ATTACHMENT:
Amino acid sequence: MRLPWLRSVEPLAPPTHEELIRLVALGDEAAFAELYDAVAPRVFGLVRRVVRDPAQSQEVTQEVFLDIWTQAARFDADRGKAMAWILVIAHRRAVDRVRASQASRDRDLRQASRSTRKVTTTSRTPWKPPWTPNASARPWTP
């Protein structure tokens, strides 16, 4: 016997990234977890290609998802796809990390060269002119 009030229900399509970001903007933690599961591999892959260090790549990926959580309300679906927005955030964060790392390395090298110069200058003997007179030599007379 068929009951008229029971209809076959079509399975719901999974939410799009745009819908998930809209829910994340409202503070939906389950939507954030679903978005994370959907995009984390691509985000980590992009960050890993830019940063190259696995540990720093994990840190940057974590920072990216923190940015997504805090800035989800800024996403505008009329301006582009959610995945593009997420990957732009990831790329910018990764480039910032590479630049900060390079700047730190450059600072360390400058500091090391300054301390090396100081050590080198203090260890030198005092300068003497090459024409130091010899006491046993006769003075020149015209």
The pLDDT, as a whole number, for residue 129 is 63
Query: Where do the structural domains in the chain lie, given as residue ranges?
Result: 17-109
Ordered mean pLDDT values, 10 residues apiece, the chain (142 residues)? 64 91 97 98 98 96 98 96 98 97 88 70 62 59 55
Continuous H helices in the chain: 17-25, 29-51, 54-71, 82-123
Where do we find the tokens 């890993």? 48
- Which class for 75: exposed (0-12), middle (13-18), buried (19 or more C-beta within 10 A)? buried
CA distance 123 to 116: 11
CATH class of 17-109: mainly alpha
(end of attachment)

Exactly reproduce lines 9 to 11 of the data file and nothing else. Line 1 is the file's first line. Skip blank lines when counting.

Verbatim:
- Which class for 75: exposed (0-12), middle (13-18), buried (19 or more C-beta within 10 A)? buried
CA distance 123 to 116: 11
CATH class of 17-109: mainly alpha